Instructional Design

Instructional Design Best Practices: 12 Things You Need to Know

When learning experiences are optional and initiated by the learner, learners are obviously more motivated to learn. The hard part comes when learning is mandatory—yet important—such as compliance training for job safety, corporate security, OSHA, HIPAA, etc.  How do you keep learners engaged and motivated in learning that rarely equates to a bump on the pay scale, increased job responsibilities, or other tangible benefits?

Here are ten best practices for instructional design to motivate the unmotivated and engage the disengaged.

1. Give learners realistic examples that relate to them.

Compliance training is usually serious business. These programs are compulsory because they highlight policies and procedures directly related to employee safety. For learners to retain the key message of the training, it’s important to tie it directly to the learner’s work experience. For example, if you were creating safety training for, say, crane operators, you could create real-life scenarios of the consequences of following or not following basic crane safety guidelines. In scenario-based training, it’s important to not show your hand: letting learners work things out themselves increases engagement.

2. Use statistics to reinforce consequences.

One of the biggest challenges in instructional design is getting the learner interested and motivated. Providing the learner with meaningful statistics to reinforce the consequences or impact of certain actions can be effective to motivate learners. For example, in a course on laptop security, you could give the learner some statistics on how often corporate laptops are stolen, and the types of data breaches that can happen as a result.

3. Choose graphics that are directly relevant to the topic.

When you’re dealing with a topic that concerns interactions between people, use relevant graphics that support the message. For example, when creating training about sexual harassment in the workplace, images of real people showing real emotions is far more effective than cartoon images or graphics that have a metaphorical meaning.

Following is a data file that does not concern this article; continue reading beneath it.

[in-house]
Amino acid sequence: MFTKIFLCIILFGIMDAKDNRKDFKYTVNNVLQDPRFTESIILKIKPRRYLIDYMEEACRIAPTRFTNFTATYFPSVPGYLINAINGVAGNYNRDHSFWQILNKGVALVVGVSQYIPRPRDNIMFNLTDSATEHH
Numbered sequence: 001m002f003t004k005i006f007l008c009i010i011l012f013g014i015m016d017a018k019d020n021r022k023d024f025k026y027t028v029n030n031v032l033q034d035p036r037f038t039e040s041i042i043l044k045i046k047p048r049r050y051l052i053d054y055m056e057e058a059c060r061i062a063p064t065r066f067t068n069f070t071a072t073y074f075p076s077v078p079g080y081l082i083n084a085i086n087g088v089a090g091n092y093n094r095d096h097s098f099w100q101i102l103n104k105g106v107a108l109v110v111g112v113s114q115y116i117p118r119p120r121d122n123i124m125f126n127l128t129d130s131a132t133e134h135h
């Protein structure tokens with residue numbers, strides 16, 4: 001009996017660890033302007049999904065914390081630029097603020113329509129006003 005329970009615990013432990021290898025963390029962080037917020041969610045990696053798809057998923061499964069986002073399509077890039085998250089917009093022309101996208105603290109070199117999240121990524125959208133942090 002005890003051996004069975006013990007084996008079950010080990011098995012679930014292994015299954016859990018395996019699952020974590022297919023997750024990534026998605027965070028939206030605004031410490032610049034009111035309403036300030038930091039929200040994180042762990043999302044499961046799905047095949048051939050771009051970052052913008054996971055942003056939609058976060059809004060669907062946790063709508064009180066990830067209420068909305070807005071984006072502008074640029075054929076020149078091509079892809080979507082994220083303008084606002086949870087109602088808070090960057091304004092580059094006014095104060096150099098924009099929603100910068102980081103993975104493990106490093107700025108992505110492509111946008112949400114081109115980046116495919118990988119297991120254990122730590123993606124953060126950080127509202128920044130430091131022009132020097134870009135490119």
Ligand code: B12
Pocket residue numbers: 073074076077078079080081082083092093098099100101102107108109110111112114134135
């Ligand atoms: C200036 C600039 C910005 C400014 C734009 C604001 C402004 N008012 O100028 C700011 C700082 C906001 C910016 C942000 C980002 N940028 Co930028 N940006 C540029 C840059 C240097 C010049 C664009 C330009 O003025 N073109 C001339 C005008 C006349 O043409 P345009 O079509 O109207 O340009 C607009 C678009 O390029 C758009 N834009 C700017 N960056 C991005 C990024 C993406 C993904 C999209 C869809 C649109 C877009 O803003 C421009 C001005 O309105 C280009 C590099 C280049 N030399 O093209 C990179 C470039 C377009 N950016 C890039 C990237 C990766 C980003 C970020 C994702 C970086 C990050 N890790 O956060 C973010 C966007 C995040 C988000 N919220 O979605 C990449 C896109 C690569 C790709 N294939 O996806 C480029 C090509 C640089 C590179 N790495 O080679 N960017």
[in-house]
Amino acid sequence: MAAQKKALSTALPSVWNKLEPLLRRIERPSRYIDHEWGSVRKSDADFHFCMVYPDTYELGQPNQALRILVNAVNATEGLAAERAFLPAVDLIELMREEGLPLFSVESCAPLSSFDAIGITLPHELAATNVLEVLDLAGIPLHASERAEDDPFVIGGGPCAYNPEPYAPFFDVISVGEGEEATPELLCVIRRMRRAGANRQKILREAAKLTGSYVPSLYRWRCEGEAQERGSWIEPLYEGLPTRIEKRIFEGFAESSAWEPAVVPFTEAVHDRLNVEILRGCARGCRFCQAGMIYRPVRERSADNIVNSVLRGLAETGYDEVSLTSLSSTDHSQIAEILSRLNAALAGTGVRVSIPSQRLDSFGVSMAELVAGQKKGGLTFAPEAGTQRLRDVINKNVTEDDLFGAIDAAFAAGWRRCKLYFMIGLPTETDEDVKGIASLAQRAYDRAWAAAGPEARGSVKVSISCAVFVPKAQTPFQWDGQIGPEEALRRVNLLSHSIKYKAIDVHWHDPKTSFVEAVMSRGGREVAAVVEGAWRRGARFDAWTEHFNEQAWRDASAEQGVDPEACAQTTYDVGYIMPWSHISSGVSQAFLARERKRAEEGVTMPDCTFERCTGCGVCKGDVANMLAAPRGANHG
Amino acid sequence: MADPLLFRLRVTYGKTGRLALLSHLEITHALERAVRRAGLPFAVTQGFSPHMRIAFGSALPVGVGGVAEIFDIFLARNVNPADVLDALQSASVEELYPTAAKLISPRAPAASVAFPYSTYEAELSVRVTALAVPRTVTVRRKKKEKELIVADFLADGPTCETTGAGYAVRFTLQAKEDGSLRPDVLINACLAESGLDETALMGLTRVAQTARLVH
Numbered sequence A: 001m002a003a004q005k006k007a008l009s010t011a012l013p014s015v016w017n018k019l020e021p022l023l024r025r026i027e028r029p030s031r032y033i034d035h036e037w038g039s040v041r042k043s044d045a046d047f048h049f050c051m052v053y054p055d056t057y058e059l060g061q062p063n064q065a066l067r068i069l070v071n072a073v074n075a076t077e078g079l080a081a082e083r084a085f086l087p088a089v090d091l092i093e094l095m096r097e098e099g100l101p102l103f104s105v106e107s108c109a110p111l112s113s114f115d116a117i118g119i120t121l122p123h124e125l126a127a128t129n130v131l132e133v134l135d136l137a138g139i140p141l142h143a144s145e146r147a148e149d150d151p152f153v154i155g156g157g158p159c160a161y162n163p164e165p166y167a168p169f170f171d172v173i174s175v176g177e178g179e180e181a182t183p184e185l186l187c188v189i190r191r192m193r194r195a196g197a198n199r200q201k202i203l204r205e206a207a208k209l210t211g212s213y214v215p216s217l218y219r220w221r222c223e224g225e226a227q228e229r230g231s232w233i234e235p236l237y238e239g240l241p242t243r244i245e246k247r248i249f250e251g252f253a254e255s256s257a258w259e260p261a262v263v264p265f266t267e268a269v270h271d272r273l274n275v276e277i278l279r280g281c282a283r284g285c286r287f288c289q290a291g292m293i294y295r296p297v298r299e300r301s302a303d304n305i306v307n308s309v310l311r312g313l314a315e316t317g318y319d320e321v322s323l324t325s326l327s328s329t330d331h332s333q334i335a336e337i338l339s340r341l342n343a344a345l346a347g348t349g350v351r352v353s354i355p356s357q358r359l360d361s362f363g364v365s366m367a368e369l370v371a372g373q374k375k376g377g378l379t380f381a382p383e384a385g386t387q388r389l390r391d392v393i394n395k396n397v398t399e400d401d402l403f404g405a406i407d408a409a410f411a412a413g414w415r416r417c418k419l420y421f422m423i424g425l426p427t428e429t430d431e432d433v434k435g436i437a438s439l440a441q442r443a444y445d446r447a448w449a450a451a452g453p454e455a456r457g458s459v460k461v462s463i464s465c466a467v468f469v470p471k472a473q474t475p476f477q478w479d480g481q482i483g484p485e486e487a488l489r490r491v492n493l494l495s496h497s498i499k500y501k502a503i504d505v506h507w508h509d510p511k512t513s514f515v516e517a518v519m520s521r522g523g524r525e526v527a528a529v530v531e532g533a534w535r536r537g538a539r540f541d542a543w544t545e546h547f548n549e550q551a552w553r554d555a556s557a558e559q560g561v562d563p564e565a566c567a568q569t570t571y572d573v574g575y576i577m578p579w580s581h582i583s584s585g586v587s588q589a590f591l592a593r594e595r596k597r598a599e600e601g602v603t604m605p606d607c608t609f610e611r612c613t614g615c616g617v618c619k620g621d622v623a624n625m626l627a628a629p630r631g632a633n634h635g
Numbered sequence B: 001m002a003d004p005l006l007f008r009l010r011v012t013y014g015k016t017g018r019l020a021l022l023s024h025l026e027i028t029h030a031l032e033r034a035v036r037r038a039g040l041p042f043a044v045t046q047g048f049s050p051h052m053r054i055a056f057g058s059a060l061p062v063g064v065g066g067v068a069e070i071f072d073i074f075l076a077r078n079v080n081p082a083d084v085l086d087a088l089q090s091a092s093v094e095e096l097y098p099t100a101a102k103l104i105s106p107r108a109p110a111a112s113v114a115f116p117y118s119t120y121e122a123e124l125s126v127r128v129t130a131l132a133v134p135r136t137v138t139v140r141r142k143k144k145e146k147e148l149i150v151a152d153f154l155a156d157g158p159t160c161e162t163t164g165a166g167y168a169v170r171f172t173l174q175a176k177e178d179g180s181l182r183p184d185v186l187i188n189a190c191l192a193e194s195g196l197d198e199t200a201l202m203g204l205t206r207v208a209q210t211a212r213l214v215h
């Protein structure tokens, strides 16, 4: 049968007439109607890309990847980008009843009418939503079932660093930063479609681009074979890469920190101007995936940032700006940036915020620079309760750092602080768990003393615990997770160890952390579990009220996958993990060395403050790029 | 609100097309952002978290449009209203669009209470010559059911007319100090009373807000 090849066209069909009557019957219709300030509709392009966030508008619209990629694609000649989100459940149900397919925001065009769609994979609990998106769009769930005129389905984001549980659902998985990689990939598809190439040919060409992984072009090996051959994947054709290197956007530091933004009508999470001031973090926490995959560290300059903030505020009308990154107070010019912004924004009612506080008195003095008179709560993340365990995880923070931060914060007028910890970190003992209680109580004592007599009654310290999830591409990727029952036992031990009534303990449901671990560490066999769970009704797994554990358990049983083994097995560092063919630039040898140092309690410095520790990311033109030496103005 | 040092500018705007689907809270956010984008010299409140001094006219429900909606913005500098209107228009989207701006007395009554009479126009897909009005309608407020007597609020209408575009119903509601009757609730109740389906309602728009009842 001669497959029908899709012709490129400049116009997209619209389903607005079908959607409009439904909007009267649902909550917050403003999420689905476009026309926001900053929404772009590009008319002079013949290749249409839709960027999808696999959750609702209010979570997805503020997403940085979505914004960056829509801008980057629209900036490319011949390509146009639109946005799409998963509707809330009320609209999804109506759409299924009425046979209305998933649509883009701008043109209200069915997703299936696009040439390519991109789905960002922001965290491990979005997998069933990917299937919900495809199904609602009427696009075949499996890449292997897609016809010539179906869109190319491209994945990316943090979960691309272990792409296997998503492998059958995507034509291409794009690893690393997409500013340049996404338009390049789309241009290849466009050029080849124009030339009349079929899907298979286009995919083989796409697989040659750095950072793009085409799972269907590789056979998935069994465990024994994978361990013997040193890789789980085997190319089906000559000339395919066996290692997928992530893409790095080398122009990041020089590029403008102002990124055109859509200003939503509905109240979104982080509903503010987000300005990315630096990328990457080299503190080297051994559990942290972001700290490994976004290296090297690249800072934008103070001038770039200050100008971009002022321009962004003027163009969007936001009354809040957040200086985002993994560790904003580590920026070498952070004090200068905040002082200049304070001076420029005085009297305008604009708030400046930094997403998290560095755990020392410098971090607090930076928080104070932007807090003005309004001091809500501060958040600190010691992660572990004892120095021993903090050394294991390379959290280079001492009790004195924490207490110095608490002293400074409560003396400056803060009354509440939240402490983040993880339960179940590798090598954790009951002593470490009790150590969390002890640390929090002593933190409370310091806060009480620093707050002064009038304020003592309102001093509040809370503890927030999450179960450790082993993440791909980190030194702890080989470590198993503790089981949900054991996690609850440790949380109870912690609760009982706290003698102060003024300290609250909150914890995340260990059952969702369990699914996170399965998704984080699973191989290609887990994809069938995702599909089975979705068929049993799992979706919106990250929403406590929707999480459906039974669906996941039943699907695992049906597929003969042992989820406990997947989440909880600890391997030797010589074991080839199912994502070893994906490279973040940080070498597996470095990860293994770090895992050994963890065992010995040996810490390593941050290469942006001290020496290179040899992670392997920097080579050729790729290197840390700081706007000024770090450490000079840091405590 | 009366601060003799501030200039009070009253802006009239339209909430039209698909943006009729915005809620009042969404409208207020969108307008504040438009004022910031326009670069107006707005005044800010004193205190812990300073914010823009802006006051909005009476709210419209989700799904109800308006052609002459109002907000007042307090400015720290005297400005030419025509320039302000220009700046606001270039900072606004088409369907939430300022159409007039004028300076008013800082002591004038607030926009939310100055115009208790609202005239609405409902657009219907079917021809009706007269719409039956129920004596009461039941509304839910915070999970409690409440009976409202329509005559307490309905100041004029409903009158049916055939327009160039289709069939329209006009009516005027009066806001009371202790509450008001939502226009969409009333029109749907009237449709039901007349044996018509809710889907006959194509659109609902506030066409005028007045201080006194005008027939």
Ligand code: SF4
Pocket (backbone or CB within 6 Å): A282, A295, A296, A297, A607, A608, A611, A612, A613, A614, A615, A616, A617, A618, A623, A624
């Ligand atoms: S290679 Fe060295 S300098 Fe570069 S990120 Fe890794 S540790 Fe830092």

4. Give learners the option to test out.

A lot of compliance training must be completed year after year. Why make employees suffer through information they already know? Instead, give them a chance to show what they know in a pre-assessment, and allow them to skip straight to the certification if they pass! If the pre-assessment shows that they aren’t ready, show them what they need to know, then assess them again.

5. Make it fun with gamification!

Gamification is the use of game play elements such as badges, points, stories, and levels in learning. There are many benefits, including increased motivation, learner autonomy, instant feedback, and creating an emotional connection. Doing gamification right requires a lot of skill; you need elements of conflict, competition, chance—and a good story to keep learners engaged.

 6. Let the learner be in control.

Adult learners like to be treated like adults. Let the learner navigate through the course in whatever order they prefer. Likewise, don’t enforce timing restrictions on specific pages or sections of a course. Timing restrictions rarely guarantee that the learner will absorb the information just because they’re forced to stare at it for a longer period of time. Branching scenarios are also great way to make training more relevant.